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Bootlegger's Daughter (Deborah Knott Mysteries, No. 1) Mass Market Paperback – June 1, 1993
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From Publishers Weekly
Copyright 1992 Reed Business Information, Inc. --This text refers to the Hardcover edition.
Top Customer Reviews
A gentle rather meandering read it is a pleasant rather than engrossing mystery in which Deborah Knott a local Carolina attorney is seeking a judgeship but finds her campaign rather sidelined by the necessity to investigate an ages old mystey,at the request of a young family member.The case uncovers family secrets best kept hidden,in the eyes of many
Deborah is a likeable protagonist and there is a strong sense of the importance and value of close familial ties.The changing face of the South in which attitudes to homosexuality and race are being re-evaluated provide an undercurrent to the development of the plot
I am more in favour of the hardboiled and street wise crime novel but Ms Maron has created an engaging and personable character and a series that is likely to prove to be a quiet pleasure Warmth is not a characteristic one finds regularly in the crime novel but it is present here in abundance,and for that reason alone I will stick with the series and urge lovers of the
"soft boiled"crime novel to give the Deborah Knott a try
Deborah is a female lawyer in Colleton County, North Carolina who has decided to run in the current judicial election (and is the daughter of a noted ex-bootlegger). While Deborah is running for said election, she has also been asked by a young woman that she used to babysit, Gayle Whitehead, to look into the death of that woman's mother, Jane Whitehead, 18 years ago. Gayle is less concerned with who killed her mother than as to why she was killed (not that she wouldn't like to know the killer).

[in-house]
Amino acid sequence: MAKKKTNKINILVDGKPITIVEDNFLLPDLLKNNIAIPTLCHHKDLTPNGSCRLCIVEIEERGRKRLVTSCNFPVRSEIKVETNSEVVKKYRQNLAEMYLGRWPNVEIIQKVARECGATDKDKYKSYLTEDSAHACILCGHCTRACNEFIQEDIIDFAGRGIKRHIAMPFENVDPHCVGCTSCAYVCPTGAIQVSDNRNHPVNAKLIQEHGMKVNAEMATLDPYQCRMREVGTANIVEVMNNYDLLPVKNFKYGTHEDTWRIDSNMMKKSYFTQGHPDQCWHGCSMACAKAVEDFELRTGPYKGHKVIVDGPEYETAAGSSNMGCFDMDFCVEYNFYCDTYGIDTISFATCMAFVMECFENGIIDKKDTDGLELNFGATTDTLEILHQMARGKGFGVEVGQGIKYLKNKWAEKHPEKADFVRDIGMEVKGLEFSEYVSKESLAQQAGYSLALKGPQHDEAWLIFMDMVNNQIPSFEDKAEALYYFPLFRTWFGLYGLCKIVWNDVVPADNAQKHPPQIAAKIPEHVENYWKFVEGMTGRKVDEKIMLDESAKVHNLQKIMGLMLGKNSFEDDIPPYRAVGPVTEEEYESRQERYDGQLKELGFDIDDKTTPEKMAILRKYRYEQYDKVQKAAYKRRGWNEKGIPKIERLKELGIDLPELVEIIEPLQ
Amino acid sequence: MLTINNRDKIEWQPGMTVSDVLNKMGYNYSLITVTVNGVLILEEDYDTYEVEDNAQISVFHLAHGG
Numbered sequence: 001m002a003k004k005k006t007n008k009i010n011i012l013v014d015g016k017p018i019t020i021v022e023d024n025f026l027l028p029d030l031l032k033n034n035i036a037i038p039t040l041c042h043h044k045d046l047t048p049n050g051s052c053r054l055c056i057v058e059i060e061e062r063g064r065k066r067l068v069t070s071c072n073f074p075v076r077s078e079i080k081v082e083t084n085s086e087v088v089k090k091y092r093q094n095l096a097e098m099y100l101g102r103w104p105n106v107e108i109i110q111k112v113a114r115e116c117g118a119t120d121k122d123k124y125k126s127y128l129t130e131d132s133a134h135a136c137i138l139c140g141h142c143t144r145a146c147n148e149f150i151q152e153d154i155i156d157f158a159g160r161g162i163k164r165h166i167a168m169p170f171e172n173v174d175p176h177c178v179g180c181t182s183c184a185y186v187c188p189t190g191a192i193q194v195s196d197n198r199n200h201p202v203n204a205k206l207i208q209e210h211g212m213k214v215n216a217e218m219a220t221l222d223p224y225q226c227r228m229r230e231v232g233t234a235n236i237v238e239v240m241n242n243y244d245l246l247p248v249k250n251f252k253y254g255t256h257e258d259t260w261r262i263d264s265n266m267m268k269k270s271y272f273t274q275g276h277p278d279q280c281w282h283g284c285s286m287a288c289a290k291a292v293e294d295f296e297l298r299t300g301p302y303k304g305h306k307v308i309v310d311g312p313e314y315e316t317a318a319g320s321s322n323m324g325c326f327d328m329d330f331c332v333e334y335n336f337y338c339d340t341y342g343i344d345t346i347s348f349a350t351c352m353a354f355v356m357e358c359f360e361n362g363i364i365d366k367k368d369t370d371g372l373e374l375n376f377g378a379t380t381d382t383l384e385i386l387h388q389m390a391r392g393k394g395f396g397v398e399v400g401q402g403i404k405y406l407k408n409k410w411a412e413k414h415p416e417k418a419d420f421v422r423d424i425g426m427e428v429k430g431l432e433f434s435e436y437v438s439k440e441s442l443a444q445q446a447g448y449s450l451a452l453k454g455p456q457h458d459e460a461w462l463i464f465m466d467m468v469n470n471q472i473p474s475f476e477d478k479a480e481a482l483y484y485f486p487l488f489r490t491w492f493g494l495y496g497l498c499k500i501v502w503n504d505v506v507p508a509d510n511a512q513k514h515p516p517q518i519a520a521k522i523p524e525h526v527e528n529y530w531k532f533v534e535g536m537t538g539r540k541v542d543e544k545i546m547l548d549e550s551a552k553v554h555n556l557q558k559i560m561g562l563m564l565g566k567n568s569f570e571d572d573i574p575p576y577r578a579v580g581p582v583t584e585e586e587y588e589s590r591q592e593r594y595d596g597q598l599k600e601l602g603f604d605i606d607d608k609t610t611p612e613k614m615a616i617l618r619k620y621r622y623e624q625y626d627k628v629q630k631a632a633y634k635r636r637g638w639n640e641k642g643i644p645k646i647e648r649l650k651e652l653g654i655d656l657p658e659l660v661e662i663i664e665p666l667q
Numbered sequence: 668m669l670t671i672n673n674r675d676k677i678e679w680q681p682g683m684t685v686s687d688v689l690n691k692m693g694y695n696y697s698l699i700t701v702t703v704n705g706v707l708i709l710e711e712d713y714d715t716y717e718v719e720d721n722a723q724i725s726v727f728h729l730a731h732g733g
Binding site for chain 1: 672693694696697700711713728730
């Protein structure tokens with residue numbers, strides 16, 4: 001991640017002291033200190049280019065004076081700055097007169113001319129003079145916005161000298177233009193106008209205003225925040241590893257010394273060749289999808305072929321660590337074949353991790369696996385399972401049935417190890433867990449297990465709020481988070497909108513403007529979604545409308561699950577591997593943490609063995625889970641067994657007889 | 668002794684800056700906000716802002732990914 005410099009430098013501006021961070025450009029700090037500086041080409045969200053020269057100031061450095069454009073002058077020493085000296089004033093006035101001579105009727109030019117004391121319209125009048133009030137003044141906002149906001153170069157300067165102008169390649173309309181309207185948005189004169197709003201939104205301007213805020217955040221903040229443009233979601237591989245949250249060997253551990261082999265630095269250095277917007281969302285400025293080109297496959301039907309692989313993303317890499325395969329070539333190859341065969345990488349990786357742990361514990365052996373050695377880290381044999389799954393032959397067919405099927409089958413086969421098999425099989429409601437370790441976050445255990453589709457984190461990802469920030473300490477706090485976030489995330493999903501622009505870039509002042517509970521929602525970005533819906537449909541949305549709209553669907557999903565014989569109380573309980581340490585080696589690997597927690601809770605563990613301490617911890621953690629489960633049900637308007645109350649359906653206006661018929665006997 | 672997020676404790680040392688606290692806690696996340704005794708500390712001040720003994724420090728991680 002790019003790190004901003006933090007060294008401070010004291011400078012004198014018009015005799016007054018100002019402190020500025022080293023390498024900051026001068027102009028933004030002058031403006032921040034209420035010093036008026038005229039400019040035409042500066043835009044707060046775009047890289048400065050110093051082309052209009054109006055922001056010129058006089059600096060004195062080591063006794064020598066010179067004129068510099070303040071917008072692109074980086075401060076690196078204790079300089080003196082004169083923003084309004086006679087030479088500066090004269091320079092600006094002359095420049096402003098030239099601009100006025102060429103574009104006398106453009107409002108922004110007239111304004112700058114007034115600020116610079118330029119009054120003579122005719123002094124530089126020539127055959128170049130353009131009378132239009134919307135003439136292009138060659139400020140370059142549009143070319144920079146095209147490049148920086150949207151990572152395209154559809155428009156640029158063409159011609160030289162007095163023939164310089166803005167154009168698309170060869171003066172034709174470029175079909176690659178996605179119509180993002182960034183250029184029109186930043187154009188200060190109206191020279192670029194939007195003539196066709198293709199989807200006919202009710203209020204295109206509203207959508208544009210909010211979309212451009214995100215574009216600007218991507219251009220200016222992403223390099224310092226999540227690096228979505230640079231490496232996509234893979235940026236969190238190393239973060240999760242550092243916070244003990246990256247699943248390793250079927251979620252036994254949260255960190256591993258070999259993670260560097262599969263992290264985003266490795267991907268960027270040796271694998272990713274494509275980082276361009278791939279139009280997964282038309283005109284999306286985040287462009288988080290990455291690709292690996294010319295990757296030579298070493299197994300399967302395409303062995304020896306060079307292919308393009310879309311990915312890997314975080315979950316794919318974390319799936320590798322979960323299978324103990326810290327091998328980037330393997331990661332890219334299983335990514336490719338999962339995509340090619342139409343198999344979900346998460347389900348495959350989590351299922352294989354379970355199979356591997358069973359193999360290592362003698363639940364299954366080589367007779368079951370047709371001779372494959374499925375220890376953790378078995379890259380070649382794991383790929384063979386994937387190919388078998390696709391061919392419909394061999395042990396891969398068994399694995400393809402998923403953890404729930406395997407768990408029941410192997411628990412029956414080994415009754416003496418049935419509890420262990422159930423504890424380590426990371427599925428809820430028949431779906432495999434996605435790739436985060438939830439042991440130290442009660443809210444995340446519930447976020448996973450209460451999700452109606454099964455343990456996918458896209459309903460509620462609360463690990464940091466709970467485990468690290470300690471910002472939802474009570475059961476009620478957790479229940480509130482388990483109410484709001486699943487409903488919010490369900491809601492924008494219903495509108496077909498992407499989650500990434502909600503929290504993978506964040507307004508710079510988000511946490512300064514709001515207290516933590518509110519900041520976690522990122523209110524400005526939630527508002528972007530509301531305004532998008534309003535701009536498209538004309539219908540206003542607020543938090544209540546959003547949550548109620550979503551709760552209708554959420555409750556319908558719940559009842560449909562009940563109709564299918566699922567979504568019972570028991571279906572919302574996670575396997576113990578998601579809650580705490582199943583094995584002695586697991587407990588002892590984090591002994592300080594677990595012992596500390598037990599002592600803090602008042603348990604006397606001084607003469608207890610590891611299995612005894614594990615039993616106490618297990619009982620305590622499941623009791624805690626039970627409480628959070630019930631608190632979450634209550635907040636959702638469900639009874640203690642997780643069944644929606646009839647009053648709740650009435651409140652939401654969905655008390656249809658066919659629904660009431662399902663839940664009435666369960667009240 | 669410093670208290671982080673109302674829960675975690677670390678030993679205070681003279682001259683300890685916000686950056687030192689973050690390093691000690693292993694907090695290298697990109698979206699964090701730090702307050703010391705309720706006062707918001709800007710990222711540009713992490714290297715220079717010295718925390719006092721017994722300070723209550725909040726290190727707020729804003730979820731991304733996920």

The book opens with baby Gayle and dead mother Jane being discovered in a old mill (May 1972). Then quickly jumps up to the "present time" of April 1990. At the very beginning of the book, I was concerned that I might not like the main character, and some of the plot points and dialogue that came up. As I read further, though, the book grew on me, and by the end, I rather liked the main character. The main character, and a few others, are fully developed personalities, though the lessor characters can seem a little thin. The plot is solid, the mystery is well-designed and plausible, and the setting is well developed. Overall, I would give the book 4.40 stars.
- Michael S. Briggs -
I think the Judge Deborah Knott series in general is readable but uneven. And, if you are looking for a fast-paced mystery thriller, this might not be the right choice. However, this book stands well on its own as an excellent novel, engaging, complex, and beautifully written. It's one of the few mystery novels I've read more than once.
The plot is fairly compelling, with a nice prequel to set the stage, and then the mainline occuring two decades later. Before it's all over, two more murders lead to a fairly surprising ending, and one that not everybody may like real well. Along the way we get brief exposés on blacks in the south and gays in bible belt territory (even Deborah seems to have a pretty good stable of verses memorized which she hauls out from time to time). It's clear from the rest of the series that Knott gets her judgeship, and I for one look forward to see how that transition goes. As for "Judging Deborah", a thumbs up so far!
Most Recent Customer Reviews
I think this is one of best books I have read in a very long time. It was the start of a wonderful writing career for Ms. Maron. Read morePublished 4 months ago by Betty Wall
The Bootlegger's Daughter was a easy read that kept me interested until the end. It had some twists and turns. It is a good book.Published 5 months ago by Nancy Barnard
The reason I bought and read this book (aside from the awards and good reviews) is that it focuses on a judge who uncovers a lot of secrets that some people would rather keep... Read morePublished 6 months ago by Bill Hopkins
I had read that it received high reviews and awards; I found it good/ not fantastic, but will continue with the series.Published 10 months ago by Cheryle Yednak